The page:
The main red flag here is that Etsy says this fee will apply to “some new shops.” Which shops? How will those shops be chosen? Is it random? Is it based on risk factors? If, so what are those risk factors? Any policy that will apply to some people with no clear indication of how or why those people will be chosen is concerning.

3. Exploring changes to payment schedules for new shops

This change is just the reserve policy in disguise.

“We’re exploring changes to payment schedules for new shops until they have a proven track record of sales on Etsy. These changes may affect how long new shops need to wait for their funds to become available. “

A reserve payment policy on all new shops is not illegal. Amazon places all new shops on a reserve for a year in order to make sure a new seller isn’t going to take money from customers and then not be able to fulfill orders, either as an outright scam or because their legitimate business failed for some reason. If you take into account Etsy’s Purchase Protection Policy – their no-holds-barred, return-not-always-required refund guarantee for shoppers – this could simply be about protecting Etsy from having to cover a bunch of refund requests. But still, totally normal.

Except that Etsy won’t lay out the actual policy. After the reserve payment policy devastated so many sellers in Spring-Summer 2023, we talked extensively with a law firm that specializes in payment processing and payment reserves. Our understanding is that if a company is not going to have a standardized policy (all new shops, same schedule, same percentage), then they have to justify why the shops they chose are high risk and why they chose that percentage to withhold. Listen to our interview with the Global Legal Law Firms podcast to learn more.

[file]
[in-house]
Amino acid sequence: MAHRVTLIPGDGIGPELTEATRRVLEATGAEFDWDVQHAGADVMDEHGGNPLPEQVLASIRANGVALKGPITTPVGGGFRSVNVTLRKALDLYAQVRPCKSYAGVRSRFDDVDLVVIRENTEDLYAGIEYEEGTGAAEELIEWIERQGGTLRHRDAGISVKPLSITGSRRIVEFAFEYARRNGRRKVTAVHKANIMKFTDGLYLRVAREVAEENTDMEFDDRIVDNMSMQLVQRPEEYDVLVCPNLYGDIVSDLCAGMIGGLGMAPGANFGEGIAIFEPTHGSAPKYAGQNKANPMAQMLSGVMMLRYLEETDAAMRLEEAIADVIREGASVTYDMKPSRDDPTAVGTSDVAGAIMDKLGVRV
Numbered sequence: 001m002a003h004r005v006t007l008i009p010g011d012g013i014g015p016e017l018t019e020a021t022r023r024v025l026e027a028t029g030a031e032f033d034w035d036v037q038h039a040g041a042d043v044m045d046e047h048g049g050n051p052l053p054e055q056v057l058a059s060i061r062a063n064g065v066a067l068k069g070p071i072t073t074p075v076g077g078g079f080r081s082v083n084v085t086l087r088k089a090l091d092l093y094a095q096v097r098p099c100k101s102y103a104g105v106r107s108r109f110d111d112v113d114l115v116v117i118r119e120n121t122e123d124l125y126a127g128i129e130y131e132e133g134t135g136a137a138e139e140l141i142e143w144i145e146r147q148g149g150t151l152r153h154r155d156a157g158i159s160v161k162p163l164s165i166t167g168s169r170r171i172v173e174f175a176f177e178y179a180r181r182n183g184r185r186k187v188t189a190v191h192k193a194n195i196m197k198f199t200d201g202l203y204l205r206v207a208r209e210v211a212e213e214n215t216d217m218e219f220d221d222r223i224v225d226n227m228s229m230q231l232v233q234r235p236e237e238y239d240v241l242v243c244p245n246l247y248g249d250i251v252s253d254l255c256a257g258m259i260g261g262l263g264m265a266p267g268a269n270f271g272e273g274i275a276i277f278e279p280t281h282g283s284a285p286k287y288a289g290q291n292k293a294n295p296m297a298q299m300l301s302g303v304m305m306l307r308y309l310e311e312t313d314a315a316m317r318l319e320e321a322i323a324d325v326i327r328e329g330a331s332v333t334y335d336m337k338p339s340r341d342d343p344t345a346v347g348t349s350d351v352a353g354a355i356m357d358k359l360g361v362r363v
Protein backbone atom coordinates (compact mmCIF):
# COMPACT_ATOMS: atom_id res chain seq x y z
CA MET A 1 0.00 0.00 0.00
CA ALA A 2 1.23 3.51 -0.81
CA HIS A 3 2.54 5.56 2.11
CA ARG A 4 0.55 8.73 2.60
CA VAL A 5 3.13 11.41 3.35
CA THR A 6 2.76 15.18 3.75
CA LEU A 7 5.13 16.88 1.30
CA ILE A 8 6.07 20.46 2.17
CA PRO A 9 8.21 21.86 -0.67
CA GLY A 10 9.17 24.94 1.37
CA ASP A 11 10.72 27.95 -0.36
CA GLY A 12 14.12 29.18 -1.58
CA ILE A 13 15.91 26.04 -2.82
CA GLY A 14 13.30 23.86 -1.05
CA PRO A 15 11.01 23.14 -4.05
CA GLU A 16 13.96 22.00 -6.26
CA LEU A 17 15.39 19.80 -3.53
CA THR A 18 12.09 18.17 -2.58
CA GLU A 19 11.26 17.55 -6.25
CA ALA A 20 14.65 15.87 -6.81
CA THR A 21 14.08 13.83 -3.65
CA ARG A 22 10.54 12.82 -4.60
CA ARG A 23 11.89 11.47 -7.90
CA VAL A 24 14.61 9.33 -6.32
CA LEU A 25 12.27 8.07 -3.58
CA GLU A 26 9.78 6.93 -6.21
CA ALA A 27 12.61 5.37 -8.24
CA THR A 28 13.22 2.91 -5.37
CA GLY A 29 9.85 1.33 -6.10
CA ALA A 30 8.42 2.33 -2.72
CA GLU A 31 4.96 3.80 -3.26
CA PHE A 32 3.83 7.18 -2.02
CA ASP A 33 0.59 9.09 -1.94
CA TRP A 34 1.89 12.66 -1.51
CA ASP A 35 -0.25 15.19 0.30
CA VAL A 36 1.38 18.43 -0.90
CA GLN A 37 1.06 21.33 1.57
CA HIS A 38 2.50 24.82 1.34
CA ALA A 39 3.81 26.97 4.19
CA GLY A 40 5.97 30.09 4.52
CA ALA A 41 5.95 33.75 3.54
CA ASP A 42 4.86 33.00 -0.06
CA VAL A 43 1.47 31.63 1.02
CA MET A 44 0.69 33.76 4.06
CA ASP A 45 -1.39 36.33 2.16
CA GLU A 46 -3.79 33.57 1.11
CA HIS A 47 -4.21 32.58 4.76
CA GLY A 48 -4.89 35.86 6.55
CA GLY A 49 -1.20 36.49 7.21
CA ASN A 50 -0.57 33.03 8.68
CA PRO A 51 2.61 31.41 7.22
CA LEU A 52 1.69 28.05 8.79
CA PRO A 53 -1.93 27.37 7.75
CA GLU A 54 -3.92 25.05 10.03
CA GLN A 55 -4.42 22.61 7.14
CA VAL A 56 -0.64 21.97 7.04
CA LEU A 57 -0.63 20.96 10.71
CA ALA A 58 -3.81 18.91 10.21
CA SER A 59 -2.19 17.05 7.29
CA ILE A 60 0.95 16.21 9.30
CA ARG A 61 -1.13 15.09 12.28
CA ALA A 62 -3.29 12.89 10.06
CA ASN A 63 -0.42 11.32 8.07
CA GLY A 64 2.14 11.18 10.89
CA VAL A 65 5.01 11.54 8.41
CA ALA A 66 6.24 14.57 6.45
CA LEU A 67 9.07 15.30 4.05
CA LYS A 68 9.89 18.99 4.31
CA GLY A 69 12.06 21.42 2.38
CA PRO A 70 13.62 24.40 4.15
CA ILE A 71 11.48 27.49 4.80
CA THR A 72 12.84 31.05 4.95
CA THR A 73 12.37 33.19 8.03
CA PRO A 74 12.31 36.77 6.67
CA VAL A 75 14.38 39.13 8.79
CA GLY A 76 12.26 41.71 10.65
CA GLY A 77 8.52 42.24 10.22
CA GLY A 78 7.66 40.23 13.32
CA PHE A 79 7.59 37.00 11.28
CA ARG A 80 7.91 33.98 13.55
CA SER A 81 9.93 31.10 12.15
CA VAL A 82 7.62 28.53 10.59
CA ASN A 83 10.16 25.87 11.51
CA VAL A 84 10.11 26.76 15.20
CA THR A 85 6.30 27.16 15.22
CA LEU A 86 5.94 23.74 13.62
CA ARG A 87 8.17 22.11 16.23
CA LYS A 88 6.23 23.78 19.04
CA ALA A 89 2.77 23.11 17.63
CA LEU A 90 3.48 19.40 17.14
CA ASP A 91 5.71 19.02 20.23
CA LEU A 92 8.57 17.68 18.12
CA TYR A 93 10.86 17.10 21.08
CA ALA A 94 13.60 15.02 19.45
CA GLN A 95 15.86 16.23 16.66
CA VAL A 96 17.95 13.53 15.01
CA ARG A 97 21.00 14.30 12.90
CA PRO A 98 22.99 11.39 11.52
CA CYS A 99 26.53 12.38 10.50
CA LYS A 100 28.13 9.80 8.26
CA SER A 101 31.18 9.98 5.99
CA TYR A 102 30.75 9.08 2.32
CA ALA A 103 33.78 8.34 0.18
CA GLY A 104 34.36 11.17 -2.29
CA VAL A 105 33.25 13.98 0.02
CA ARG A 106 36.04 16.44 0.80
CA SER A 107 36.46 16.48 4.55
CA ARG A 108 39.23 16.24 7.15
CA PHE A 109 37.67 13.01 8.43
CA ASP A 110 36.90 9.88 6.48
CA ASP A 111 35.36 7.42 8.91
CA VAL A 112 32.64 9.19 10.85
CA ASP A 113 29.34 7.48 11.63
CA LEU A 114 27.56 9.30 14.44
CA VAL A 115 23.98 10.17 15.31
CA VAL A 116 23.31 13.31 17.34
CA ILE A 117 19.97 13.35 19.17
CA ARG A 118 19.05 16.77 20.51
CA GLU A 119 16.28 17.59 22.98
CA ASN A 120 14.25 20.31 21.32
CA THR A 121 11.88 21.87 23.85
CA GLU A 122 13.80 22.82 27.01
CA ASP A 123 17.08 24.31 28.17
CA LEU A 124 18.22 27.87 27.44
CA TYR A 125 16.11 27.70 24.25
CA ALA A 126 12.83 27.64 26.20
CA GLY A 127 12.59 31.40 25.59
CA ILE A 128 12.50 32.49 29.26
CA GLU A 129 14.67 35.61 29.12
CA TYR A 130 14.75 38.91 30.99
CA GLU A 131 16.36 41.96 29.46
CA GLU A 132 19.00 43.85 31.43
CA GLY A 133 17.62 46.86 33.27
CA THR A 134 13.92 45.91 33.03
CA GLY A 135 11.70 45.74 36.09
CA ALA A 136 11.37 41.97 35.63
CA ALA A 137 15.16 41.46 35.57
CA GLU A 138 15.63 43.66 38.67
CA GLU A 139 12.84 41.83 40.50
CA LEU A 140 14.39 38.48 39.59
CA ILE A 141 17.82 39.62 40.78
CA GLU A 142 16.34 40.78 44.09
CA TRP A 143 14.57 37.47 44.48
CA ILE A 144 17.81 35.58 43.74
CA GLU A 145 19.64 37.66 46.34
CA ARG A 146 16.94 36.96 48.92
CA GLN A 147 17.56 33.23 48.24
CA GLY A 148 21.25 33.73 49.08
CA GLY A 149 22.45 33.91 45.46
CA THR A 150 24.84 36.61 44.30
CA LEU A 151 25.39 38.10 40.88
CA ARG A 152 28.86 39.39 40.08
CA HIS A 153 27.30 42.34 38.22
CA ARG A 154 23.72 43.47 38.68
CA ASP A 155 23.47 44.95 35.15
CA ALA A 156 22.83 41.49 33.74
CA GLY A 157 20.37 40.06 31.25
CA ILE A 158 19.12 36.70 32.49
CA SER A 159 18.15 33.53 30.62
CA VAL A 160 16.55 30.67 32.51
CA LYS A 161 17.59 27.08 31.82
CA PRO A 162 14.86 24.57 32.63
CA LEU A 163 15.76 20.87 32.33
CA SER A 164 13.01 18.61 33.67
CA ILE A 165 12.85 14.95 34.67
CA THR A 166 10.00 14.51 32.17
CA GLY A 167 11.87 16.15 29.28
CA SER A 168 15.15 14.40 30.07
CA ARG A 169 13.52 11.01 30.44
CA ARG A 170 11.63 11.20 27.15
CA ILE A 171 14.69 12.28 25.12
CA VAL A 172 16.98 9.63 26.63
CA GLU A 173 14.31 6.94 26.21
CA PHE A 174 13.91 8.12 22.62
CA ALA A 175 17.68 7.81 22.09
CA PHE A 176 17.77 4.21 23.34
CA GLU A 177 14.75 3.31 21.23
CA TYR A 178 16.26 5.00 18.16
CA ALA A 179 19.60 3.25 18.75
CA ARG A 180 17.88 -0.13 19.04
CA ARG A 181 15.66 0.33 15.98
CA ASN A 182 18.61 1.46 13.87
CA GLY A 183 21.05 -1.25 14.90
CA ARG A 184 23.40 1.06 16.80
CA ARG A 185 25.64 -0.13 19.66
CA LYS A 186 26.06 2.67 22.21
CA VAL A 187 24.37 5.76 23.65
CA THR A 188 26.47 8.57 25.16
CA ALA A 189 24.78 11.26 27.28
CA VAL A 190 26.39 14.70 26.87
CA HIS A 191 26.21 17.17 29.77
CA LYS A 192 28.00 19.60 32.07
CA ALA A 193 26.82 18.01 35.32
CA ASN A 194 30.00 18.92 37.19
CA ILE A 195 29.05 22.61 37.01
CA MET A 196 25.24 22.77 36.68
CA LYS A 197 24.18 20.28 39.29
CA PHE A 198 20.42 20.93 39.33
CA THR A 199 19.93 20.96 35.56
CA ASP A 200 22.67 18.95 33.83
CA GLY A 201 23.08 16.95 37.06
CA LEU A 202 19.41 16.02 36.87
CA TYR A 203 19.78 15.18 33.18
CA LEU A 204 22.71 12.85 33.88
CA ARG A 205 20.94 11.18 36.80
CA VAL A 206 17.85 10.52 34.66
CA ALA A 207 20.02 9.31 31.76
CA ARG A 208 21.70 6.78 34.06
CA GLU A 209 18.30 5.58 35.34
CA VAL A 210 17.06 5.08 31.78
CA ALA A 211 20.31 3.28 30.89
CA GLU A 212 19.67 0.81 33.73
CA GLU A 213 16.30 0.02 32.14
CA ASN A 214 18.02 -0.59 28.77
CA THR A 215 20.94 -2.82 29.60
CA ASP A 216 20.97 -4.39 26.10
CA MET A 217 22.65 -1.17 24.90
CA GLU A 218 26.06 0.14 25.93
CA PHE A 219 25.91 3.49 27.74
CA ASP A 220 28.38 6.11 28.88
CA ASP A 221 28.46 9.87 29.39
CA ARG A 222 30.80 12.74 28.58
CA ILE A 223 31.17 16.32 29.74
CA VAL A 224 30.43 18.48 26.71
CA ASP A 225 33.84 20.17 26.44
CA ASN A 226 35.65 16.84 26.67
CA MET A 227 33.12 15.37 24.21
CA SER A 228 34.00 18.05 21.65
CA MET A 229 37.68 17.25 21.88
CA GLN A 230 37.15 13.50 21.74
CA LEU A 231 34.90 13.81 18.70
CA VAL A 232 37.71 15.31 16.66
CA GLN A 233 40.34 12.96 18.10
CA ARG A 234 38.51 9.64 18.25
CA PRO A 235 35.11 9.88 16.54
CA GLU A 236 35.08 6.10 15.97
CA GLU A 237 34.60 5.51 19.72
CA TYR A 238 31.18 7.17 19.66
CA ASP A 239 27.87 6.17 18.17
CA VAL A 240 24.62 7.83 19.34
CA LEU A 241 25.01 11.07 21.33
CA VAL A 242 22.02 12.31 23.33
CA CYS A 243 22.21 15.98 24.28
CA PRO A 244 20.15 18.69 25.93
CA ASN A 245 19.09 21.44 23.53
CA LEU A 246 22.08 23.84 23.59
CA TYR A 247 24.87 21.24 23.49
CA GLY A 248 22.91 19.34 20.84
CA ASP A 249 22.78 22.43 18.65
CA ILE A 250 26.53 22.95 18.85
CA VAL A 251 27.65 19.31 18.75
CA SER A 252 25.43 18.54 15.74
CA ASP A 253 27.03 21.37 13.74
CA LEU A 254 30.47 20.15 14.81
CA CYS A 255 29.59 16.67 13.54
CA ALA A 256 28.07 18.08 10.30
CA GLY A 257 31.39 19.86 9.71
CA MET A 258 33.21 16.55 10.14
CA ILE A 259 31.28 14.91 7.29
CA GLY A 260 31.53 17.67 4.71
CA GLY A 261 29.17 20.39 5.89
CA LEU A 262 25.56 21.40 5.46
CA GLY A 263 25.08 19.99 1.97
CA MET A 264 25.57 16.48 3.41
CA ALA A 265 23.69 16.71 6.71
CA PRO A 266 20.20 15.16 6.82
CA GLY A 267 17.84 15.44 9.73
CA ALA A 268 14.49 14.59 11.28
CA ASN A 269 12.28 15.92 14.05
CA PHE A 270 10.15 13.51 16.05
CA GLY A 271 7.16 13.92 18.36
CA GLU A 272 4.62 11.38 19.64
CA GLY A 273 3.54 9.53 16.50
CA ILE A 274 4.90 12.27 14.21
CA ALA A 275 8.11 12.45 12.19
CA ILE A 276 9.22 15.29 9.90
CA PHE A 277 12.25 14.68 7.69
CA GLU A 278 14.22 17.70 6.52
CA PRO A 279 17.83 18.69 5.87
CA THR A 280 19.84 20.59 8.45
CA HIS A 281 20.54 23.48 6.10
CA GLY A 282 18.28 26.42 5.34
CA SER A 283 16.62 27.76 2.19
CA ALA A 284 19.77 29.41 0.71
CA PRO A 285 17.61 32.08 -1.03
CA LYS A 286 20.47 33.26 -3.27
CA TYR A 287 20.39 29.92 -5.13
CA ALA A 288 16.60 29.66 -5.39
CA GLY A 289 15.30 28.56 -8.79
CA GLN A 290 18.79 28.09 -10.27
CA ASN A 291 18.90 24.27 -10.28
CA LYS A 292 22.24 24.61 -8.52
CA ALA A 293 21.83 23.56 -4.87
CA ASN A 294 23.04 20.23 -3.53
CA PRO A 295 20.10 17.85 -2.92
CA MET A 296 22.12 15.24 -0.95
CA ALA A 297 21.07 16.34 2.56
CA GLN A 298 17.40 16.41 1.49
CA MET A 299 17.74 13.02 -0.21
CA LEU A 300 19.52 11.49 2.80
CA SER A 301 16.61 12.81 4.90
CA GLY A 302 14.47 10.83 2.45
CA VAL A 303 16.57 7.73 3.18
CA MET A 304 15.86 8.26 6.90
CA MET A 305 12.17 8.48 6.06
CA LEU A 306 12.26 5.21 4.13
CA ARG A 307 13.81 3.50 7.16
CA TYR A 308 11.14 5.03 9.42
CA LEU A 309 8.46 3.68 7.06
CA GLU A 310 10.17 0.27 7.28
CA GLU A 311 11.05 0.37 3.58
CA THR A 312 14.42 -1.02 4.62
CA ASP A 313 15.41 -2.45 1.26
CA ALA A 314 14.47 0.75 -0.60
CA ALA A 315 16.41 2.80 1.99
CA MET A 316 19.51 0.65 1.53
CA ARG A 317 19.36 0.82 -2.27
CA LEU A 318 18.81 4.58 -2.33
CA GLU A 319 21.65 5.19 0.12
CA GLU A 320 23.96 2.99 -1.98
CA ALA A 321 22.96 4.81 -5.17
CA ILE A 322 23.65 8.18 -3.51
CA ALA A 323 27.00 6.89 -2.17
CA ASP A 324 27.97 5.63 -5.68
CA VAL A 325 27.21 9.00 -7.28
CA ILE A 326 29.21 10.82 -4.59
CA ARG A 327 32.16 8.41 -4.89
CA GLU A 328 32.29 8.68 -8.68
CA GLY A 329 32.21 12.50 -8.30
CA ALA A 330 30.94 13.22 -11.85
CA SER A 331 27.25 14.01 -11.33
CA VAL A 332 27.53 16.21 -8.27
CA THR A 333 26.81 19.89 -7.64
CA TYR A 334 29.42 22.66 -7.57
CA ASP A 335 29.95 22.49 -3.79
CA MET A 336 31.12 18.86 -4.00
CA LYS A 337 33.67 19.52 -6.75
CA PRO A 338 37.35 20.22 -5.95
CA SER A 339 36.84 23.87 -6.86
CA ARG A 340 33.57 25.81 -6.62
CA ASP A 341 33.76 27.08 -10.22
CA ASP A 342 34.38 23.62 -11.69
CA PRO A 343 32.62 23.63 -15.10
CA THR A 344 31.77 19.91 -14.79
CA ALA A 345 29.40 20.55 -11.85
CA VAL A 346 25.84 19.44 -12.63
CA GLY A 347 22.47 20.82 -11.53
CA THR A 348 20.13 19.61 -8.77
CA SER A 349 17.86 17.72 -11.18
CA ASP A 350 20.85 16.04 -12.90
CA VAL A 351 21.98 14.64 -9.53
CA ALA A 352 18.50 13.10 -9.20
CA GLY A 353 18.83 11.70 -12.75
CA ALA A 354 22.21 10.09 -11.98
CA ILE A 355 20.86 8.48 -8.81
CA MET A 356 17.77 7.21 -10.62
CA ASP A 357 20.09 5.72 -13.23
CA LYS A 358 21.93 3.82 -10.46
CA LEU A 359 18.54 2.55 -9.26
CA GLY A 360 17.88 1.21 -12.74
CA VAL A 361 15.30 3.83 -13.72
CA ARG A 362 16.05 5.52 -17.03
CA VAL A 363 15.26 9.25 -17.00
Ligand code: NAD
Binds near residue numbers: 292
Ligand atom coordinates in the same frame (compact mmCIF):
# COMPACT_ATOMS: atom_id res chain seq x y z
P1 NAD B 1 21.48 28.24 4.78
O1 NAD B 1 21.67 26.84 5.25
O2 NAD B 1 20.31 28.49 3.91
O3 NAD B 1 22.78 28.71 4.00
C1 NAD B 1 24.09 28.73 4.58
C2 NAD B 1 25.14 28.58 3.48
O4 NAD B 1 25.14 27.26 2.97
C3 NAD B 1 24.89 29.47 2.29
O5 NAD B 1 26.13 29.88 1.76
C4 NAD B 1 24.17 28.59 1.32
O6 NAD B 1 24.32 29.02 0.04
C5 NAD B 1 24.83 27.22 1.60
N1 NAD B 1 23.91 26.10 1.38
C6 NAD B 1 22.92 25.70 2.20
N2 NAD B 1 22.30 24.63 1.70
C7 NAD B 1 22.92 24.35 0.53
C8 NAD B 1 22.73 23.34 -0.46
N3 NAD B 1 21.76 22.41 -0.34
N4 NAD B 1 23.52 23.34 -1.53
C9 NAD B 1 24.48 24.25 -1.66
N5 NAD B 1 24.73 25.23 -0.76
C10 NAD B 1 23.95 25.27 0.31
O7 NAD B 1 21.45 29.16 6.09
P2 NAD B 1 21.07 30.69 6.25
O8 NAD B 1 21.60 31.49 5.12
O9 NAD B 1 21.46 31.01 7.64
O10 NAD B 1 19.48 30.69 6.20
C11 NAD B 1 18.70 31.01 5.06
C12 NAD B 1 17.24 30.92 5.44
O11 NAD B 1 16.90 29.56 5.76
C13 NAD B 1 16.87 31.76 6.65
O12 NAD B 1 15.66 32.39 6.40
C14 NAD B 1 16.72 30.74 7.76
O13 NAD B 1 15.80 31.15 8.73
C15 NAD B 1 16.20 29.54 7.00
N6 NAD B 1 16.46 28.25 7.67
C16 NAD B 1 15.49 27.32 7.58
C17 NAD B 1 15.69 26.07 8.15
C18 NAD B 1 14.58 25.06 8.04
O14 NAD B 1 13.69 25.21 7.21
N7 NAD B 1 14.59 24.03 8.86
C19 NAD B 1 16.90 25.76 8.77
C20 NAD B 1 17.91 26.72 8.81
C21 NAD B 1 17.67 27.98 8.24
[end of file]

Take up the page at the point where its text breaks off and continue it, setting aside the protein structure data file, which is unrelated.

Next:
Not only is the information provided by Etsy here extremely vague, but new shops won’t even find out their payment schedule until after they complete their setup and are in the Shop Manager.


If Etsy wants to change its policies for new shops, then it should tell us what those policies will be in clear, direct terms.

Our concern is that this is a test to see what they can get away with. If they institute a reserve just for new shops, and they avoid the outcry that happened over the summer because it’s only happening to new shops, they could start applying the policy to more and more shops – especially as genuine handmade, vintage, and craft sellers leave the platform, and new sellers, who either don’t know the risks or are just resellers, get slapped with more and more fees and other policies that keep their money from them.

These vague promises just show how little Etsy understands the real concerns of its sellers, the real fraud that hurts us, and the real ways these policies affect us.

Despite claiming that these changes are to “strengthen the seller community” they still refuse to take the most obvious step to understand how best to help their sellers.

They could just ask us.